In Part 2 of this series, we look at shows expected to debut on BBC channels in 2015. Will they also screen in the US during this or a later year? Only time will tell. (Page 3 of 3)
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I’ve been waiting for a new show from Emmy® Award winner Abi Morgan ever since The Hour was unceremoniously axed, so I’m happy-dancing about River, which stars award winner Stellan Skarsgård (The Girl With The Dragon Tattoo) as the eponymous John River, a brilliant detective haunted by the murder victims whose cases he must lay to rest.
The six-part series costars Nicola Walker (Last Tango In Halifax) as River’s colleague and confidant, DS Jackie ‘Stevie’ Stevenson, and Eddie Marsan (Jonathan Strange & Mr. Norrell) as a notorious killer who haunts River. Also featuring in River are Adeel Akhtar (Utopia) as DS Ira King, Lesley Manville (Fleming) as Chief Inspector Chrissie Read, Georgina Rich (Sherlock) as police psychiatrist, Rosa, and Sorcha Cusack (Father Brown) as Stevie’s mother, Bridie. The premiere date has not yet been announced.
The Secret Agent
This three-part drama is adapted from the classic Joseph Conrad novel, The Secret Agent, by BAFTA-winning writer Tony Marchand (The Mark of Cain), who said of the tale, “[It] was not only prophetic but is undeniably contemporary and compelling. Equally it is a heartbreaking story of a family caught up in the political machinations of a world in ferment.”
Set in 1886 London, the story follows Verloc, a Soho shopkeeper who, unbeknownst to his wife, Winnie, works as a secret agent for the Russian government. Angry that Britain harbors violent anarchists, the Russians coerce Verloc into planting a bomb that will provoke the authorities into cracking down on these extremists. Caught between the Russians and the British police, Verloc reluctantly draws his own family into a tragic terror plot.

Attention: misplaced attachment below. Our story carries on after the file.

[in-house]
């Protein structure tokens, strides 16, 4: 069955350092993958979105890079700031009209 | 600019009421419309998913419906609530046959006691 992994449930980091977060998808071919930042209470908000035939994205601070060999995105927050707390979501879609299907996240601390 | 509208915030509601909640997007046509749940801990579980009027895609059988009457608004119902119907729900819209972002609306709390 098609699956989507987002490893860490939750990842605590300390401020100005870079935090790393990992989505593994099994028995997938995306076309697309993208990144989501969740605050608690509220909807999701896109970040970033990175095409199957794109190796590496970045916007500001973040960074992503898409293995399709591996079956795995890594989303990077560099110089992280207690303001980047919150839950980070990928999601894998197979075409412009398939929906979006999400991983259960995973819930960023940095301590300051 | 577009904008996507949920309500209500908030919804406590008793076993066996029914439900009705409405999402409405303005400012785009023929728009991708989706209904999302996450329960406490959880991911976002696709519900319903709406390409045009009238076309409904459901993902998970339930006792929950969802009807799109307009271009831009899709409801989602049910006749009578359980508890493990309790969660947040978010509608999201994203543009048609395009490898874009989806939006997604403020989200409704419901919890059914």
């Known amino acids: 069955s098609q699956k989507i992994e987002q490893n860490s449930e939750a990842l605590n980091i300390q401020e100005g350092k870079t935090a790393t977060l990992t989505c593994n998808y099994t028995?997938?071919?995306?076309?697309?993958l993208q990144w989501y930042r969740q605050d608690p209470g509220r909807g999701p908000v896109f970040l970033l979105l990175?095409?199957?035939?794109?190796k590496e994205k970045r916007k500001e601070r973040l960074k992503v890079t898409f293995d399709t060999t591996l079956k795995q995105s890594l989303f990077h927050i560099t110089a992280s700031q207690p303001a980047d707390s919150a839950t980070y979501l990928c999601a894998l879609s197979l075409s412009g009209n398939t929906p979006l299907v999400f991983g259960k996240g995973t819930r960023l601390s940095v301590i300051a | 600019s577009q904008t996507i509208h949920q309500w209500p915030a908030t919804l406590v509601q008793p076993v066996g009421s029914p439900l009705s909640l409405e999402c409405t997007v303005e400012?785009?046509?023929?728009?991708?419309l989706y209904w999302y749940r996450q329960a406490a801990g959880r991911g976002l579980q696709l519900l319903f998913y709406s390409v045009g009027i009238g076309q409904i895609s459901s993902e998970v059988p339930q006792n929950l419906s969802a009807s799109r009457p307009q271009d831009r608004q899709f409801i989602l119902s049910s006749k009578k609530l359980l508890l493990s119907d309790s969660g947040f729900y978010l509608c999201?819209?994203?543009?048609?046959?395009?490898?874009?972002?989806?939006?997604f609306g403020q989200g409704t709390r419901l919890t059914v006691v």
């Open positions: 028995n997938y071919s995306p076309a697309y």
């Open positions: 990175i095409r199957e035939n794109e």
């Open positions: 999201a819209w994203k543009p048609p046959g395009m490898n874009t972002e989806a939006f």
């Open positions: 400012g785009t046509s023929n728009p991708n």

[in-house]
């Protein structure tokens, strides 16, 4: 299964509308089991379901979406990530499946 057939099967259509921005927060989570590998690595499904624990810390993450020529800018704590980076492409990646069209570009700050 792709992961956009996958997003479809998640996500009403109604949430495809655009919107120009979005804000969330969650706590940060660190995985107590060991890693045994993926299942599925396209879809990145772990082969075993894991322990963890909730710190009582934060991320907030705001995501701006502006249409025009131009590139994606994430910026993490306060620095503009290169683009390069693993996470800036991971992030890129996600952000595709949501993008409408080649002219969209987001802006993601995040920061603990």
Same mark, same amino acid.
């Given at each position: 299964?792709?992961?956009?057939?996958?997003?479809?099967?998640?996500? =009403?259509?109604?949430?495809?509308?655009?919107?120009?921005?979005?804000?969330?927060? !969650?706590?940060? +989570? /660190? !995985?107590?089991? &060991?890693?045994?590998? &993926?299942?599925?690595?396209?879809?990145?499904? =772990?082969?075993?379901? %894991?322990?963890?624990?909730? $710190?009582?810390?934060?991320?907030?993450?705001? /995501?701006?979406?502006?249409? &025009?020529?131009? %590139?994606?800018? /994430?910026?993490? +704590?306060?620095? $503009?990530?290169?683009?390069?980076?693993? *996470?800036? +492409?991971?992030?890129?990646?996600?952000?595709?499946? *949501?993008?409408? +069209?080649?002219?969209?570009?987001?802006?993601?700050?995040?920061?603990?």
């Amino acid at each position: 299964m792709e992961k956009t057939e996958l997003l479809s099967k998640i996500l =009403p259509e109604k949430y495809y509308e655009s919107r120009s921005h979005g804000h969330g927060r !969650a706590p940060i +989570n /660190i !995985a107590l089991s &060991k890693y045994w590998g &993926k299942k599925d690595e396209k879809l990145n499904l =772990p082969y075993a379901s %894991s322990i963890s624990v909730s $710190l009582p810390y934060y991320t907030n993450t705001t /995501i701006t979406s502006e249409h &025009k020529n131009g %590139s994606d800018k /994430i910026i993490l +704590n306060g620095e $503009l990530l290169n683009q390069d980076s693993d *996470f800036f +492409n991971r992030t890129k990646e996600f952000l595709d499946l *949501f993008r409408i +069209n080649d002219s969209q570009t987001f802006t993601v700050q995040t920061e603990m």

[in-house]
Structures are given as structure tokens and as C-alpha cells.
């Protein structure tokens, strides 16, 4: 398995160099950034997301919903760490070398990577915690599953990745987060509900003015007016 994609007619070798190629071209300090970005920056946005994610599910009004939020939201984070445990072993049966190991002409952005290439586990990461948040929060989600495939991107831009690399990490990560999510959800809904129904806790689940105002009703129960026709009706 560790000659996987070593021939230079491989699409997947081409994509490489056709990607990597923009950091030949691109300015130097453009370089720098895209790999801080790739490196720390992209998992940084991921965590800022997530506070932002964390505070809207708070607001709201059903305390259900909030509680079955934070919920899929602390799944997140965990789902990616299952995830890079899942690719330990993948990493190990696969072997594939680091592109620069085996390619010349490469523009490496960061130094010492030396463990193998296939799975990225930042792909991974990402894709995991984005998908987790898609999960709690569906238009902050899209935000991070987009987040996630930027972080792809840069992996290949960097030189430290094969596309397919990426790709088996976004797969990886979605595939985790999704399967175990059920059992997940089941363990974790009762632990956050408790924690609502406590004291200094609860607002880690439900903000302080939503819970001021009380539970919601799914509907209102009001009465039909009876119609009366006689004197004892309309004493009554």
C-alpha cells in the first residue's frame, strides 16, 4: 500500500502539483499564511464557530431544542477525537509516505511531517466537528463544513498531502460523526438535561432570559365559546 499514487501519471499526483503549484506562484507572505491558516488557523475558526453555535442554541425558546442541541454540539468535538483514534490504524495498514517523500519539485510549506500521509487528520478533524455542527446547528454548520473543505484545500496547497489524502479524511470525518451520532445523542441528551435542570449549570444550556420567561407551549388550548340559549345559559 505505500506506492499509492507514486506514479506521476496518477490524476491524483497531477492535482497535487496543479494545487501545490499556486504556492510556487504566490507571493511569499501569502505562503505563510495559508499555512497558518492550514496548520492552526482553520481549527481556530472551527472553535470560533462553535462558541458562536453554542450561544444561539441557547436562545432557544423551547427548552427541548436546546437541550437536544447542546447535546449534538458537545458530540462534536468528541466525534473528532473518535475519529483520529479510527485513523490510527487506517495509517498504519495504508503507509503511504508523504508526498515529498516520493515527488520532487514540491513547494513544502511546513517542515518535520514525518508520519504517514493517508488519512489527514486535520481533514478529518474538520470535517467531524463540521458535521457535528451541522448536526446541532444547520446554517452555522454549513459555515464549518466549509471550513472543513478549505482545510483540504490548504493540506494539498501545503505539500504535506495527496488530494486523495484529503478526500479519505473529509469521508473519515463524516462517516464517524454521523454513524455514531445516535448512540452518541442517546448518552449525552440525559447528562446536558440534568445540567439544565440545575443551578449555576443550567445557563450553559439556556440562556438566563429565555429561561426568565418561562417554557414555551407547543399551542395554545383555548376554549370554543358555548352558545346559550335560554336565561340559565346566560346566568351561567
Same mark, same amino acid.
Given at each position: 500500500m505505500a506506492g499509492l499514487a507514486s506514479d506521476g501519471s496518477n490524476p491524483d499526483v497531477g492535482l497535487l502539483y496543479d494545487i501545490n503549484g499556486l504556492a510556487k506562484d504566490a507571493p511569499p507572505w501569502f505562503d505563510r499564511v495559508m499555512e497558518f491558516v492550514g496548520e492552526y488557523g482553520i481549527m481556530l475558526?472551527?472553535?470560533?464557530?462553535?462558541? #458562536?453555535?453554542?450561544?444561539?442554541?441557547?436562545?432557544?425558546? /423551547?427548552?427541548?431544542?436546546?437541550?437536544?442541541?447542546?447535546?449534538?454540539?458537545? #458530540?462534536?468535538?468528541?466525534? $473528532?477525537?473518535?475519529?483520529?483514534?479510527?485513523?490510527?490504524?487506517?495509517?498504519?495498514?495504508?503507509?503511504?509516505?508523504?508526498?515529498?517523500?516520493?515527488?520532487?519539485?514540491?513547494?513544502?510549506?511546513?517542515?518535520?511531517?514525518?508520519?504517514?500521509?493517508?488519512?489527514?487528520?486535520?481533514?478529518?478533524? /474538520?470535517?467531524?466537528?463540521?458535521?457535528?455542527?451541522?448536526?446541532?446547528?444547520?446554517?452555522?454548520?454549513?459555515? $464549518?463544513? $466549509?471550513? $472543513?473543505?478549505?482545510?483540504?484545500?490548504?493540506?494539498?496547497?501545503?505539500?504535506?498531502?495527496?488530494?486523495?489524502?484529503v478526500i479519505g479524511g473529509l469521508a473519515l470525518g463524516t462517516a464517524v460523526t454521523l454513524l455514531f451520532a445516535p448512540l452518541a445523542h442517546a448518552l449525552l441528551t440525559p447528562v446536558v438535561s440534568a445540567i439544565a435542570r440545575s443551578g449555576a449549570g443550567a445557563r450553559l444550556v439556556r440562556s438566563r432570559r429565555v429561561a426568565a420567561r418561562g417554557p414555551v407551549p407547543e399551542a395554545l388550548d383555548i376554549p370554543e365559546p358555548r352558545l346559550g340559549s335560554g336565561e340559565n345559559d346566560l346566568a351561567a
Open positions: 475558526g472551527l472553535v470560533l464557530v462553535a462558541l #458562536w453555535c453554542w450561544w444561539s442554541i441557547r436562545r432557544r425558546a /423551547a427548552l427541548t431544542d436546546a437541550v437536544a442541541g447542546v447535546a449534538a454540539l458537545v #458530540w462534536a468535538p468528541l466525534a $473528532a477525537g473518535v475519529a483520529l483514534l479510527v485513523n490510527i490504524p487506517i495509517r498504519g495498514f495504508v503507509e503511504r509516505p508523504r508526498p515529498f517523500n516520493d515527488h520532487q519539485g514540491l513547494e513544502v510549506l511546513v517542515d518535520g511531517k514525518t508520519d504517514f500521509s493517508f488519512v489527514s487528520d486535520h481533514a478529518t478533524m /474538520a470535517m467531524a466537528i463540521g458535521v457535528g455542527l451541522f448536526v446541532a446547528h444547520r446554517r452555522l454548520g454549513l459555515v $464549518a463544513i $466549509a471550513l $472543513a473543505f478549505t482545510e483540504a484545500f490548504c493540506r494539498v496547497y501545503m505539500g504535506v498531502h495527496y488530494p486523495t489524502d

This adaptation of Martin Beck Award winner Len Deighton’s novel, SS-GB, is an alternate-history thriller that finds Germany victorious in the Battle of Britain and London under Nazi occupation.
(The premise alone makes it a must-check-out program.)
Set in the 1940s, Scotland Yard detective Archer faces a dilemma while working under the SS: Should he collaborate with the Germans or join the resistance? To answer this question, he must determine how high the stakes are.
The five-part drama is penned by Robert Wade and Neal Purvis (both of Skyfall, Quantum of Solace, and other “James Bond” films).
As a recent commission, details about the cast and production have not been announced yet, so stay tuned.
Iain Banks fans, rejoice. The late, great author’s novel, Stonemouth, has been adapted by BAFTA-nominated writer David Kane (The Field of Blood, Shetland) into a two-part, rite-of-passage drama filled with love, loyalty, and vengeance. It centers on Stewart Gilmour (Christian Cooke, The Promise), who returns to the fictional Scottish village of Stonemouth for his best friend’s funeral.